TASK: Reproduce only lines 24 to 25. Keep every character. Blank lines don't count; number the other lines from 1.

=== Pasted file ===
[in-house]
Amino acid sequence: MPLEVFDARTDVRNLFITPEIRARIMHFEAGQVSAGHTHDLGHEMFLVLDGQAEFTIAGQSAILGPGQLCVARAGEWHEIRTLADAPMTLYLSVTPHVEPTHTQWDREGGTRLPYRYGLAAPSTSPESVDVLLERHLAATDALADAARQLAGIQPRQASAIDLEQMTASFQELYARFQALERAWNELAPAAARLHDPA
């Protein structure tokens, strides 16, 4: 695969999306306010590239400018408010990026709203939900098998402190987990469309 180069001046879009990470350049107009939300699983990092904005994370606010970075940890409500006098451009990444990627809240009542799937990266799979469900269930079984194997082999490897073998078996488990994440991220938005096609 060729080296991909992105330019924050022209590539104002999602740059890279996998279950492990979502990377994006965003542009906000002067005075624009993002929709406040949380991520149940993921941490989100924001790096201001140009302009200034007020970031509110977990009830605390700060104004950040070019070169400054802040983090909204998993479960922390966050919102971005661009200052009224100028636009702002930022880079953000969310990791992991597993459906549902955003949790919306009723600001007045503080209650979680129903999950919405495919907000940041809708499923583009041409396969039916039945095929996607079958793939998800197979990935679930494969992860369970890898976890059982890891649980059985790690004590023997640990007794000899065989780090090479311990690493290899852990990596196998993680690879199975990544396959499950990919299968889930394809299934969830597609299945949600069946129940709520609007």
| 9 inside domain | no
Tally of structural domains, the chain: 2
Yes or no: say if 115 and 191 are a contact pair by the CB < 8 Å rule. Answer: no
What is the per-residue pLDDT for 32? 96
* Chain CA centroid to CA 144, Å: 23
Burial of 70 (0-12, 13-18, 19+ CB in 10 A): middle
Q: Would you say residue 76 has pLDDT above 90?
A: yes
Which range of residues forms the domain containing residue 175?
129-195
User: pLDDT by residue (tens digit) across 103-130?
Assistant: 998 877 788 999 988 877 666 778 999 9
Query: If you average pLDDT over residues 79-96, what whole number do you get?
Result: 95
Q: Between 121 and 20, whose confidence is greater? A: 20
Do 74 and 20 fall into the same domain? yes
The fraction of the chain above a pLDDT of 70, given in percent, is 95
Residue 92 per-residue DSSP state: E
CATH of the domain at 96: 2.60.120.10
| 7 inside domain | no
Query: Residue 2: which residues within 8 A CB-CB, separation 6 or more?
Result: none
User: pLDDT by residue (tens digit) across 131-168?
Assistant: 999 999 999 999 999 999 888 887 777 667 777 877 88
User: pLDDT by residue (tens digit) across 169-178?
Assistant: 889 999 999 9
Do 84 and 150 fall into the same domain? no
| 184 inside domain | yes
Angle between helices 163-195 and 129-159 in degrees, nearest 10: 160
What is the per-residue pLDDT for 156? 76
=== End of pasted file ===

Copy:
Query: Residue 2: which residues within 8 A CB-CB, separation 6 or more?
Result: none